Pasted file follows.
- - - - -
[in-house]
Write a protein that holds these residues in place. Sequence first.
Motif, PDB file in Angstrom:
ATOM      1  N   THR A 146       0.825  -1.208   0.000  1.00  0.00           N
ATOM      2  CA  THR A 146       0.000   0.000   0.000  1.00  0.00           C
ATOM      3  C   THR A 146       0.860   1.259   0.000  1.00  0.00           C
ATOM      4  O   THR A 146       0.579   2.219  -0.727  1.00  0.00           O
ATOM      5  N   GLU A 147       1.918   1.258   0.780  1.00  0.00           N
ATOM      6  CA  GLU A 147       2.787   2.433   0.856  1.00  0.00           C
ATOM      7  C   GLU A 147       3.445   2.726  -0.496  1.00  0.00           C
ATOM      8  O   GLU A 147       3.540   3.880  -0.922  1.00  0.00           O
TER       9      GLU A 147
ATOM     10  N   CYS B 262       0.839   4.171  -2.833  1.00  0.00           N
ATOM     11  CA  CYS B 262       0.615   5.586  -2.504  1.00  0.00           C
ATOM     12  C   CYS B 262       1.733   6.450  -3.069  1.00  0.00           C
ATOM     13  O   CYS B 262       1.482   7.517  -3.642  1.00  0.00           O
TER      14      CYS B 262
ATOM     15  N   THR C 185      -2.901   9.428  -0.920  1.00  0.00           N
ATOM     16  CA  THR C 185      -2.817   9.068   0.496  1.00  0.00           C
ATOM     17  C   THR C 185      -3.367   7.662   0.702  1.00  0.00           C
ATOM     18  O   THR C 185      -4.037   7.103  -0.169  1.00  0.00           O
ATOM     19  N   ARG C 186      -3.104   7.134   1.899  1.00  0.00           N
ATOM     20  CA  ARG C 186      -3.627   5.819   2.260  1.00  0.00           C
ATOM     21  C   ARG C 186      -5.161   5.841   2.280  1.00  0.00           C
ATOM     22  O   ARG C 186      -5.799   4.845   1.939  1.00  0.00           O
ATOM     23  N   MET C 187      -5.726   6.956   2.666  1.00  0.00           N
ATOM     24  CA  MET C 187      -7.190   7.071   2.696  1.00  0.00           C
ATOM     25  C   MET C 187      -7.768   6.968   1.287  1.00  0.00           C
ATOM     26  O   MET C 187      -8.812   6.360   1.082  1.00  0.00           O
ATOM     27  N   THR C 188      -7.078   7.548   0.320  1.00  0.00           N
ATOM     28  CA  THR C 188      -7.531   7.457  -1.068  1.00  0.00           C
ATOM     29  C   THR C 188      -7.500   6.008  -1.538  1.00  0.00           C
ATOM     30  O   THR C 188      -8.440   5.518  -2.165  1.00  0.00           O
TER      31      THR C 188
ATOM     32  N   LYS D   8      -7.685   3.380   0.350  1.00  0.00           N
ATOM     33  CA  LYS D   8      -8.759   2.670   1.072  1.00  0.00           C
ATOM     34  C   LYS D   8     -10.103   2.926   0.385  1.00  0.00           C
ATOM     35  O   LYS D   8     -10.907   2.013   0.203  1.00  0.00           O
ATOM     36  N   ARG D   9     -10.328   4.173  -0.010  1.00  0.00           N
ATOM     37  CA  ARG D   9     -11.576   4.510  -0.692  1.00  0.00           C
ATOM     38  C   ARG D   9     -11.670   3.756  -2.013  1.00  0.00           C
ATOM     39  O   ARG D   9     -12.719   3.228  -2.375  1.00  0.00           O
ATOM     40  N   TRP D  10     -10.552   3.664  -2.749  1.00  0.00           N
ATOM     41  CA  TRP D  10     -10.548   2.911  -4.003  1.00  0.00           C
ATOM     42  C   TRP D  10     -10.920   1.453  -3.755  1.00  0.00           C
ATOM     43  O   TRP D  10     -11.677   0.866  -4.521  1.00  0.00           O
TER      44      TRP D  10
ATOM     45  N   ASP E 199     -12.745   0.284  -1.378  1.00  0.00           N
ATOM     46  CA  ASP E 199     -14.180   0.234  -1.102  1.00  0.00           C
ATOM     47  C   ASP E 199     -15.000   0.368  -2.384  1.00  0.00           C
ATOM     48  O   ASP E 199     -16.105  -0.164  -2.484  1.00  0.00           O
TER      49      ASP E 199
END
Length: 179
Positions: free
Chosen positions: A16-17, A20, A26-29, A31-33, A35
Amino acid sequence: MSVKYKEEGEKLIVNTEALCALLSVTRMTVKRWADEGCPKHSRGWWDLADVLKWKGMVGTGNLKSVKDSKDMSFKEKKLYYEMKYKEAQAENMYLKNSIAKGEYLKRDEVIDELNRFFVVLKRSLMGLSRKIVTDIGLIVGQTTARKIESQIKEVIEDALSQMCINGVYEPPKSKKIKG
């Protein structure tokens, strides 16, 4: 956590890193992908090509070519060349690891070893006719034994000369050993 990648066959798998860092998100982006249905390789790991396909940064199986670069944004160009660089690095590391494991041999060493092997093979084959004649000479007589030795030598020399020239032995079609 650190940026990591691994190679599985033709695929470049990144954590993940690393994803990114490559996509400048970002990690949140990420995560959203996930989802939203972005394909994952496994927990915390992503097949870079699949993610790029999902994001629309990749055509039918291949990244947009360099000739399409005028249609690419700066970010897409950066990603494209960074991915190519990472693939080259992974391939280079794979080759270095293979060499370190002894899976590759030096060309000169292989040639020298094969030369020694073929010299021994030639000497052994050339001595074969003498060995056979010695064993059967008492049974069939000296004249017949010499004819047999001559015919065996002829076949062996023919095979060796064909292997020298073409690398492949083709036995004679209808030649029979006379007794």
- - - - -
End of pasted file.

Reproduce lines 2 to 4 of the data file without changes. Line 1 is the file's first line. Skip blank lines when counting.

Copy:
Write a protein that holds these residues in place. Sequence first.
Motif, PDB file in Angstrom:
ATOM      1  N   THR A 146       0.825  -1.208   0.000  1.00  0.00           N